Exciting New Possibilities for Yemenis
Yemeni President Ali Abdullah Saleh has decided to step down from office after 27 years, and the election to choose a successor has been scheduled for next year. This holds hope for a peaceful transition of power. Saleh has stressed the need for “young blood” to lead the country into a new era, and a new political configuration may begin to disentangle ensconced vested interests and revive a moribund bureaucracy.
It is an unhappy designation to be among the poorest countries on earth, especially for a people as dignified as Yemenis. In the case of Yemen, corruption and abuse of power complicate the situation.
According to the World Bank, 46 percent of Yemen’s five-year-old children suffer from malnutrition. Half of them never attend primary school. About 90 percent of Yemenis lack the necessary water. In rural areas, 70 percent of residents have no access to a doctor. Yemen’s children are nearly invisible in the global media, and they appear only as statistics. So perhaps photographs would bring some color to the shadows of Yemeni childhood — a photo of a hungry four-year-old drinking dirty water, a photo of a nine-year-old who never attended school burning with fever. Multiply millions of times and the true scope of the tragedy may emerge.
Yemen is a country with natural resources of gas and oil. It is an astoundingly beautiful country of historical significance, and Yemeni people are often noted for their warmth and friendliness. In Yemen the desire for democracy, justice, and the rule of law runs deep, and a determined cadre of Yemeni intellectuals and reformers understand how to reform Yemen’s economy: Decentralization of power, anti-corruption measures, judicial reform, focus on education, and an overhaul of the security forces.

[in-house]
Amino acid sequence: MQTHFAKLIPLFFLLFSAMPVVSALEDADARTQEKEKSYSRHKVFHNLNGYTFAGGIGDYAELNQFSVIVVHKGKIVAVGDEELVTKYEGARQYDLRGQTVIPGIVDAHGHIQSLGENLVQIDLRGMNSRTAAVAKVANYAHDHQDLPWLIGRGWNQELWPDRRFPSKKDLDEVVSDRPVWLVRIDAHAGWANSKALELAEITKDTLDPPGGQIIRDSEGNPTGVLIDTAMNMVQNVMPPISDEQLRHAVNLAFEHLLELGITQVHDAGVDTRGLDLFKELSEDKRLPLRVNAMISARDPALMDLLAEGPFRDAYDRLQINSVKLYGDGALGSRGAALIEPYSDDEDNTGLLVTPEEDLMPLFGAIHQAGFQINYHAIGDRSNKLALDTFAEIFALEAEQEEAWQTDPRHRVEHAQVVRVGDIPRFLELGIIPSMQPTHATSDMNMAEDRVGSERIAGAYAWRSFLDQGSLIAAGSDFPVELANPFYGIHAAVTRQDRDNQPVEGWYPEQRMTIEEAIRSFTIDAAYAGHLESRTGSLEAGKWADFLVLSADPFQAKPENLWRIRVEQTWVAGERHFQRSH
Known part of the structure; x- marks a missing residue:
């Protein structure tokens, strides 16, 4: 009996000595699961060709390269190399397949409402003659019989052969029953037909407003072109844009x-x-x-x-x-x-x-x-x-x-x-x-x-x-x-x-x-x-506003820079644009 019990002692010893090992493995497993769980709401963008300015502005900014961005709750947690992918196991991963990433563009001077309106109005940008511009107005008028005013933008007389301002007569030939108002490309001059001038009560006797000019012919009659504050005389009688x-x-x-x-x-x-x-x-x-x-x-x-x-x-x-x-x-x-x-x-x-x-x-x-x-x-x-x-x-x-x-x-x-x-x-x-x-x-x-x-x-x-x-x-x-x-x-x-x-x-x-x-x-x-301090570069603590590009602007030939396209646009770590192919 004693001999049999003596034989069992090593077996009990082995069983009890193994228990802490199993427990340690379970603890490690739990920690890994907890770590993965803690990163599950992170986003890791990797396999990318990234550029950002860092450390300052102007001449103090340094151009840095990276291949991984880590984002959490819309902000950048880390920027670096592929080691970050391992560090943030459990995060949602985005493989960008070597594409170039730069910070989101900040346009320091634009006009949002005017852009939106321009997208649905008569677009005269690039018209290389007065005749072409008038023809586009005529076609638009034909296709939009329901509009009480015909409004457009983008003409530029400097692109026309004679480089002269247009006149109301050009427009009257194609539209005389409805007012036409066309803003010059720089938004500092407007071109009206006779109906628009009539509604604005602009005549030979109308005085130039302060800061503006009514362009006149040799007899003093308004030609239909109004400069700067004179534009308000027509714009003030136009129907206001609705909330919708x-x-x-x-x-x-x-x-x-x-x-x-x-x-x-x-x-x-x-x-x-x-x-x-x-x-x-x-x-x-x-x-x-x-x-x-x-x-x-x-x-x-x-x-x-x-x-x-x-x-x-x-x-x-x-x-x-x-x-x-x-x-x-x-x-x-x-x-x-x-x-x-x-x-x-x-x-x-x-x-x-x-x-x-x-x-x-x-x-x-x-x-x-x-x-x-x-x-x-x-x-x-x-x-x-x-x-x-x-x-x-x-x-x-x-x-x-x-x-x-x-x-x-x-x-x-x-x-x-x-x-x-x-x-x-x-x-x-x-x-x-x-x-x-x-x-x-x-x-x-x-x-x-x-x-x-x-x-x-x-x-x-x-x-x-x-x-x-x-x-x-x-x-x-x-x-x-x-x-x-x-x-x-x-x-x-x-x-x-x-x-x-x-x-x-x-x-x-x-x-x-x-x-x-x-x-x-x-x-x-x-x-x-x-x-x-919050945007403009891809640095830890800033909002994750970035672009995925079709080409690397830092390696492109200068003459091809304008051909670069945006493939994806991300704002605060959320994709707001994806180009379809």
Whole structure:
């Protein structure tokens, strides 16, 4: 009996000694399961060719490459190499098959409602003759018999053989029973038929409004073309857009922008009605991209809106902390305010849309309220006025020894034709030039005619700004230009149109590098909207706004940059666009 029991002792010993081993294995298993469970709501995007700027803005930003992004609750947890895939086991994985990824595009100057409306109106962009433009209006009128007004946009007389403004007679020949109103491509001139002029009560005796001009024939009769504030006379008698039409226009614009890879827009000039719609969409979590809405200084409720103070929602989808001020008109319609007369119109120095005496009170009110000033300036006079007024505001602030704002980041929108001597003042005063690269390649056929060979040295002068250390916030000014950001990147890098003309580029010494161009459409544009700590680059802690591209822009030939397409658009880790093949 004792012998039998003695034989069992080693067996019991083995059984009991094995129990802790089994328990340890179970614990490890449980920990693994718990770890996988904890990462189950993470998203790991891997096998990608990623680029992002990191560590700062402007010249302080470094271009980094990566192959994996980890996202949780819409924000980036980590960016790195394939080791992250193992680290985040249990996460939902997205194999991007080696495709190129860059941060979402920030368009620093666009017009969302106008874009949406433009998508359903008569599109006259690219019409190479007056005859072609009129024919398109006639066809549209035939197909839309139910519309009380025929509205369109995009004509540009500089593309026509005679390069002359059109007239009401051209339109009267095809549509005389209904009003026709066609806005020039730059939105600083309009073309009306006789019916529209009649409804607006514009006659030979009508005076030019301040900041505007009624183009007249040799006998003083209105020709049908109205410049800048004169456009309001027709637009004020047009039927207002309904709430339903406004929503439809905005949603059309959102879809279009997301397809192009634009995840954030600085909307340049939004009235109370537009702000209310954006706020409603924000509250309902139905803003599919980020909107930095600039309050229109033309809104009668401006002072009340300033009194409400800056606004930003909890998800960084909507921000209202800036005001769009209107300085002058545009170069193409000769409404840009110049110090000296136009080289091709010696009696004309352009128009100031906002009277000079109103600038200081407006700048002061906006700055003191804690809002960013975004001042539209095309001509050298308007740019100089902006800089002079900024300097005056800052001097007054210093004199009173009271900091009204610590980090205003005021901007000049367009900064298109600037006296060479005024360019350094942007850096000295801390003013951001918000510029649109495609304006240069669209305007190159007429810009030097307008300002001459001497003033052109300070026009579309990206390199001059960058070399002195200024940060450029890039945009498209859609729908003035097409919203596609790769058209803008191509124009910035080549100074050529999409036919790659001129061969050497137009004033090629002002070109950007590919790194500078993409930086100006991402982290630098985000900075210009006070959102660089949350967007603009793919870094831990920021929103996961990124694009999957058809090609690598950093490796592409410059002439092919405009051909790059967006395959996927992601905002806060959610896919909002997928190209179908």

In 2001, an editorial in the Yemen Times noted “the pain that has been inflicted on the public after years of neglect and disrespect to the laws of the country.”
And now, as then, population statistics on one hand are related to economic statistics on the other. Over 2.5 billion Yemeni riyal was “lost” from the state treasury due to corruption, and the offending ministers may be reassigned or retire. It has been suggested that 20-30 percent of publicly funded diesel subsidies wind up in private pockets due to smuggling. An IMF report notes defense spending tripled from 1998 to 2003.
But now, as then, the culture of corruption is countered by a culture of courage. A justice minister implementing judicial reforms faced down a barrage of over 450 contacts from individuals, including high-ranking officials, attempting to influence his decisions. No group epitomizes the commitment to democratic institutions more than Yemen’s journalists.
But now, with Saleh’s decision to step down from office, an opportunity exists for Yemenis to determine their political destiny. The chances for a “free and fair” presidential election may seem remote but international attention and support will make it less so. Democracy is the expressed preference among Yemenis. Clearly its implementation in practice is in the strategic interest of the international community.
And economic development would likely follow a decentralization of power and the reallocation of resources, as the productivity of a talented nation is unleashed. Beginning with a fairly contested election, beautiful Yemen can emerge from shadows of poverty, vibrant and resplendent among nations.
— Jane Novak (email@example.com) is an American columnist and a contributing editor at WorldPress.org